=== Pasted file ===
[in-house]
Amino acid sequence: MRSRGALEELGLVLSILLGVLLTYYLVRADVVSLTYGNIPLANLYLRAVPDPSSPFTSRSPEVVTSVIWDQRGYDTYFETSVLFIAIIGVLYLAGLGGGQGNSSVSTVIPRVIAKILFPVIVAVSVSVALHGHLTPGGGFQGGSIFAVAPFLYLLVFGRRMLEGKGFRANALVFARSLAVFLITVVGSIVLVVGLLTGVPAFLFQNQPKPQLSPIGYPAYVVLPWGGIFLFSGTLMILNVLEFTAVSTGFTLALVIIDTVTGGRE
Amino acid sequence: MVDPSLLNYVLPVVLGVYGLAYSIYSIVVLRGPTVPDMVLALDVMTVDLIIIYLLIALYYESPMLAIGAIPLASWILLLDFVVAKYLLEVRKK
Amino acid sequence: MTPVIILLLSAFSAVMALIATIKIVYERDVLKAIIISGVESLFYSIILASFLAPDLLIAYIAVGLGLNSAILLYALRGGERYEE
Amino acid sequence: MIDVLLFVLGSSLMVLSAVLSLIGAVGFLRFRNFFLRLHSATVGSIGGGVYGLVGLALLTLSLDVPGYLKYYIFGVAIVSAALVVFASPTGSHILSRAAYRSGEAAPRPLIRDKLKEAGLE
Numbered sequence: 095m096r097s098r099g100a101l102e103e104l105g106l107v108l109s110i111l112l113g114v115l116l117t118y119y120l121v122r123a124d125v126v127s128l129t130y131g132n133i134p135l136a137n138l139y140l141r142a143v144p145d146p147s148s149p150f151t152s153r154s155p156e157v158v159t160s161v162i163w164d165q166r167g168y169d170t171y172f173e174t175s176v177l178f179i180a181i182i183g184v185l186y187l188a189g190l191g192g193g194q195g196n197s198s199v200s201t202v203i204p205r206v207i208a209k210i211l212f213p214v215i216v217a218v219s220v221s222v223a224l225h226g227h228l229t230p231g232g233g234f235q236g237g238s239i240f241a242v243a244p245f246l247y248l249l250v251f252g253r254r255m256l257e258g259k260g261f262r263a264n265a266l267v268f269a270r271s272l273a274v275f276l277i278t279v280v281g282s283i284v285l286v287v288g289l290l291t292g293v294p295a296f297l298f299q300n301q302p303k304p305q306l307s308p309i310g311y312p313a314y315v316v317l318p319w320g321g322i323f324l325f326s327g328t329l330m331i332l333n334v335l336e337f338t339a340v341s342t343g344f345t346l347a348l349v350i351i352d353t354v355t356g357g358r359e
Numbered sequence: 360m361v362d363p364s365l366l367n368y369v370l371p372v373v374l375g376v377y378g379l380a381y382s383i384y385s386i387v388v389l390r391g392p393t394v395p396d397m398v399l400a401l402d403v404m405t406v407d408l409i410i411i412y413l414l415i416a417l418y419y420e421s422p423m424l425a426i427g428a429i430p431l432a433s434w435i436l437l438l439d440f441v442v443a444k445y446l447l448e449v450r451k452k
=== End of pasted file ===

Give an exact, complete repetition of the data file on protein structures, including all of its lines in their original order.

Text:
[in-house]
Amino acid sequence: MRSRGALEELGLVLSILLGVLLTYYLVRADVVSLTYGNIPLANLYLRAVPDPSSPFTSRSPEVVTSVIWDQRGYDTYFETSVLFIAIIGVLYLAGLGGGQGNSSVSTVIPRVIAKILFPVIVAVSVSVALHGHLTPGGGFQGGSIFAVAPFLYLLVFGRRMLEGKGFRANALVFARSLAVFLITVVGSIVLVVGLLTGVPAFLFQNQPKPQLSPIGYPAYVVLPWGGIFLFSGTLMILNVLEFTAVSTGFTLALVIIDTVTGGRE
Amino acid sequence: MVDPSLLNYVLPVVLGVYGLAYSIYSIVVLRGPTVPDMVLALDVMTVDLIIIYLLIALYYESPMLAIGAIPLASWILLLDFVVAKYLLEVRKK
Amino acid sequence: MTPVIILLLSAFSAVMALIATIKIVYERDVLKAIIISGVESLFYSIILASFLAPDLLIAYIAVGLGLNSAILLYALRGGERYEE
Amino acid sequence: MIDVLLFVLGSSLMVLSAVLSLIGAVGFLRFRNFFLRLHSATVGSIGGGVYGLVGLALLTLSLDVPGYLKYYIFGVAIVSAALVVFASPTGSHILSRAAYRSGEAAPRPLIRDKLKEAGLE
Numbered sequence: 095m096r097s098r099g100a101l102e103e104l105g106l107v108l109s110i111l112l113g114v115l116l117t118y119y120l121v122r123a124d125v126v127s128l129t130y131g132n133i134p135l136a137n138l139y140l141r142a143v144p145d146p147s148s149p150f151t152s153r154s155p156e157v158v159t160s161v162i163w164d165q166r167g168y169d170t171y172f173e174t175s176v177l178f179i180a181i182i183g184v185l186y187l188a189g190l191g192g193g194q195g196n197s198s199v200s201t202v203i204p205r206v207i208a209k210i211l212f213p214v215i216v217a218v219s220v221s222v223a224l225h226g227h228l229t230p231g232g233g234f235q236g237g238s239i240f241a242v243a244p245f246l247y248l249l250v251f252g253r254r255m256l257e258g259k260g261f262r263a264n265a266l267v268f269a270r271s272l273a274v275f276l277i278t279v280v281g282s283i284v285l286v287v288g289l290l291t292g293v294p295a296f297l298f299q300n301q302p303k304p305q306l307s308p309i310g311y312p313a314y315v316v317l318p319w320g321g322i323f324l325f326s327g328t329l330m331i332l333n334v335l336e337f338t339a340v341s342t343g344f345t346l347a348l349v350i351i352d353t354v355t356g357g358r359e
Numbered sequence: 360m361v362d363p364s365l366l367n368y369v370l371p372v373v374l375g376v377y378g379l380a381y382s383i384y385s386i387v388v389l390r391g392p393t394v395p396d397m398v399l400a401l402d403v404m405t406v407d408l409i410i411i412y413l414l415i416a417l418y419y420e421s422p423m424l425a426i427g428a429i430p431l432a433s434w435i436l437l438l439d440f441v442v443a444k445y446l447l448e449v450r451k452k